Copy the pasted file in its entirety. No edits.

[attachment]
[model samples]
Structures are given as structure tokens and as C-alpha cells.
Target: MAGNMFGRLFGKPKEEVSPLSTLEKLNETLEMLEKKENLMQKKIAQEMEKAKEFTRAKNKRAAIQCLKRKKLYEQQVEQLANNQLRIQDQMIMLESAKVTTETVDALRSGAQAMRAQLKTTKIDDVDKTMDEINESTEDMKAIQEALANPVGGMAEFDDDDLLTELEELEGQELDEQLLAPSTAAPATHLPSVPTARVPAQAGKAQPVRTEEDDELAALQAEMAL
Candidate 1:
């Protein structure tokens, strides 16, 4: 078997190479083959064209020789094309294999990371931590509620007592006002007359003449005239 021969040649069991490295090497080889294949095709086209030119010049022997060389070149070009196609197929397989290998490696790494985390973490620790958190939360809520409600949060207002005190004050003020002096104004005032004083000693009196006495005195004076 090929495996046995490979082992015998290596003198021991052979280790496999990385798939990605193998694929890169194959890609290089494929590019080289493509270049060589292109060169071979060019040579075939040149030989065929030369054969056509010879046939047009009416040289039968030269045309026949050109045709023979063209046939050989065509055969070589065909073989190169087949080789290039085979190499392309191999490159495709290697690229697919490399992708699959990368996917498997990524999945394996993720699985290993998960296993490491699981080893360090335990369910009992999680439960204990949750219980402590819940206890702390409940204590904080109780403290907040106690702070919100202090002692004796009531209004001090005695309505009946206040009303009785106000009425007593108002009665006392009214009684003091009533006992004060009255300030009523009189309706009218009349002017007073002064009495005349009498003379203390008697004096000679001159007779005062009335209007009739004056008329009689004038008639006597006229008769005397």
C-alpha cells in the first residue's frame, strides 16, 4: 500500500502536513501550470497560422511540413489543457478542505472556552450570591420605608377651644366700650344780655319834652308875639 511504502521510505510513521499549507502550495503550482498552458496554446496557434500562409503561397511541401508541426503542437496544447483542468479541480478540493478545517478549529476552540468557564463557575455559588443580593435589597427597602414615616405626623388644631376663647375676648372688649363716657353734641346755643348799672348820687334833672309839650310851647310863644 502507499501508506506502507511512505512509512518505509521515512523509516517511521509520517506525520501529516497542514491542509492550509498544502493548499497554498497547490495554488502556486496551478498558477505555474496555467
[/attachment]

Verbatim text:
[model samples]
Structures are given as structure tokens and as C-alpha cells.
Target: MAGNMFGRLFGKPKEEVSPLSTLEKLNETLEMLEKKENLMQKKIAQEMEKAKEFTRAKNKRAAIQCLKRKKLYEQQVEQLANNQLRIQDQMIMLESAKVTTETVDALRSGAQAMRAQLKTTKIDDVDKTMDEINESTEDMKAIQEALANPVGGMAEFDDDDLLTELEELEGQELDEQLLAPSTAAPATHLPSVPTARVPAQAGKAQPVRTEEDDELAALQAEMAL
Candidate 1:
């Protein structure tokens, strides 16, 4: 078997190479083959064209020789094309294999990371931590509620007592006002007359003449005239 021969040649069991490295090497080889294949095709086209030119010049022997060389070149070009196609197929397989290998490696790494985390973490620790958190939360809520409600949060207002005190004050003020002096104004005032004083000693009196006495005195004076 090929495996046995490979082992015998290596003198021991052979280790496999990385798939990605193998694929890169194959890609290089494929590019080289493509270049060589292109060169071979060019040579075939040149030989065929030369054969056509010879046939047009009416040289039968030269045309026949050109045709023979063209046939050989065509055969070589065909073989190169087949080789290039085979190499392309191999490159495709290697690229697919490399992708699959990368996917498997990524999945394996993720699985290993998960296993490491699981080893360090335990369910009992999680439960204990949750219980402590819940206890702390409940204590904080109780403290907040106690702070919100202090002692004796009531209004001090005695309505009946206040009303009785106000009425007593108002009665006392009214009684003091009533006992004060009255300030009523009189309706009218009349002017007073002064009495005349009498003379203390008697004096000679001159007779005062009335209007009739004056008329009689004038008639006597006229008769005397």
C-alpha cells in the first residue's frame, strides 16, 4: 500500500502536513501550470497560422511540413489543457478542505472556552450570591420605608377651644366700650344780655319834652308875639 511504502521510505510513521499549507502550495503550482498552458496554446496557434500562409503561397511541401508541426503542437496544447483542468479541480478540493478545517478549529476552540468557564463557575455559588443580593435589597427597602414615616405626623388644631376663647375676648372688649363716657353734641346755643348799672348820687334833672309839650310851647310863644 502507499501508506506502507511512505512509512518505509521515512523509516517511521509520517506525520501529516497542514491542509492550509498544502493548499497554498497547490495554488502556486496551478498558477505555474496555467